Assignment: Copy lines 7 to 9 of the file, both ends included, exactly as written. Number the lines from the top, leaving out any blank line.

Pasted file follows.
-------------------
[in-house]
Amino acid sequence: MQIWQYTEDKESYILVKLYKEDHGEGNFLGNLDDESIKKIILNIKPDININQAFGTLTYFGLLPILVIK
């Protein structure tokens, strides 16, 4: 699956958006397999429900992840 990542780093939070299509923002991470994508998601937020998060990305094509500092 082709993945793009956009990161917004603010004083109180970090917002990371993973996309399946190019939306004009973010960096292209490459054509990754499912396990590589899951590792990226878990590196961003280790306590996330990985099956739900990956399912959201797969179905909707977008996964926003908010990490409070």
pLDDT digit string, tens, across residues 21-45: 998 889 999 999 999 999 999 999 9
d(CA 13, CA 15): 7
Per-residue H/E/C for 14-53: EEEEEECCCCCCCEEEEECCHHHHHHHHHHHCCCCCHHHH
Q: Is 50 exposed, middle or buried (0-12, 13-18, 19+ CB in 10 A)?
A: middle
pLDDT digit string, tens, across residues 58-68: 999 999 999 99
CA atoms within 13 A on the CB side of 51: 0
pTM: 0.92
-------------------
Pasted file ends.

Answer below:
Q: Is 50 exposed, middle or buried (0-12, 13-18, 19+ CB in 10 A)?
A: middle
pLDDT digit string, tens, across residues 58-68: 999 999 999 99